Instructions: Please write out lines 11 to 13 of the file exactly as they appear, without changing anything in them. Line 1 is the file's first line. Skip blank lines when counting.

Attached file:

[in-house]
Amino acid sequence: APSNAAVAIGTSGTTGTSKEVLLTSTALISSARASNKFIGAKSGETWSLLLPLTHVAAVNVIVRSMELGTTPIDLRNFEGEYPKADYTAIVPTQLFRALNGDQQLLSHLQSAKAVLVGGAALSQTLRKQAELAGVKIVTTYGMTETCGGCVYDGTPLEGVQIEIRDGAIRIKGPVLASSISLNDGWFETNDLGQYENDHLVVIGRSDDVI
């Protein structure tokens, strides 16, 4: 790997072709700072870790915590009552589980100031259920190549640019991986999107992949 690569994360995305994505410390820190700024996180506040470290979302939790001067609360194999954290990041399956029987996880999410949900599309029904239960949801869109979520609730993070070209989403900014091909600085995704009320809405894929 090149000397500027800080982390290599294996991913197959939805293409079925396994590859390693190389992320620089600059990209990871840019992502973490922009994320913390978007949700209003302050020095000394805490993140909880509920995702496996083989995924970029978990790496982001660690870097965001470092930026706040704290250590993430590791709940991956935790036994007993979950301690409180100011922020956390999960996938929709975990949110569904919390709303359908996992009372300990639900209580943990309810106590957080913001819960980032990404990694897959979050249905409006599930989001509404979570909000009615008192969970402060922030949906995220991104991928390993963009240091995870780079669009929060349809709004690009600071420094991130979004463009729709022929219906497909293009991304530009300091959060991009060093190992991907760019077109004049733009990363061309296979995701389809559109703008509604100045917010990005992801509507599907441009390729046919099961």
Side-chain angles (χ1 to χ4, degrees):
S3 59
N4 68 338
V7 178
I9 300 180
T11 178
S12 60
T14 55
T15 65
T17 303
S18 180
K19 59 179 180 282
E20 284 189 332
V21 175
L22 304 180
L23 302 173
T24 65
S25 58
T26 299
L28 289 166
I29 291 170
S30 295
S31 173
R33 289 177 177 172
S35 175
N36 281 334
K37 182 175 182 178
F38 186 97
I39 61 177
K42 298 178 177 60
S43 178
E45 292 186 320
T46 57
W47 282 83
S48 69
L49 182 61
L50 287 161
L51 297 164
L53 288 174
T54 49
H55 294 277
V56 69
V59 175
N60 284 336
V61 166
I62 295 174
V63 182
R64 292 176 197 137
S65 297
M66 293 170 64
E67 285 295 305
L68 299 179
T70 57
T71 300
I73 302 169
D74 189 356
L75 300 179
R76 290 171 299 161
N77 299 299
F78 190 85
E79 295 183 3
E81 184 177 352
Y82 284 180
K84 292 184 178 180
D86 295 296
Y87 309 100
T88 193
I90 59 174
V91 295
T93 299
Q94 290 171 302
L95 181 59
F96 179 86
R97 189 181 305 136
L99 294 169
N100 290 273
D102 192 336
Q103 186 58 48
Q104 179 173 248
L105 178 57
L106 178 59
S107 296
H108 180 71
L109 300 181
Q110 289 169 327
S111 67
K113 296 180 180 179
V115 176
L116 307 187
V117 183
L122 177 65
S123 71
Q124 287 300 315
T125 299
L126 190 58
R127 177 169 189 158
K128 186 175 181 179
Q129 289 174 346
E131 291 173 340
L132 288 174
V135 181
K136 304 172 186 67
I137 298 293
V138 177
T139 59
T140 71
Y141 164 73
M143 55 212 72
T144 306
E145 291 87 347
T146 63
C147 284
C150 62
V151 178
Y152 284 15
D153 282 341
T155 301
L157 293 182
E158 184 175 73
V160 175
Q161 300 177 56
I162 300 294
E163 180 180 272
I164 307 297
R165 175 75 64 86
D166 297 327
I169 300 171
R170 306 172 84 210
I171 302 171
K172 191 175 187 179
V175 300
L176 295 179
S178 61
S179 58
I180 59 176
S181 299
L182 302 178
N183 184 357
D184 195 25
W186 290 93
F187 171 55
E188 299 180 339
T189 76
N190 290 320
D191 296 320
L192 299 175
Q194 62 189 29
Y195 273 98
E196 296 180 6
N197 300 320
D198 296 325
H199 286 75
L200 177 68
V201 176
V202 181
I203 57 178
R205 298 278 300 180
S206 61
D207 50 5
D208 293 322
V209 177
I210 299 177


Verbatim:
T14 55
T15 65
T17 303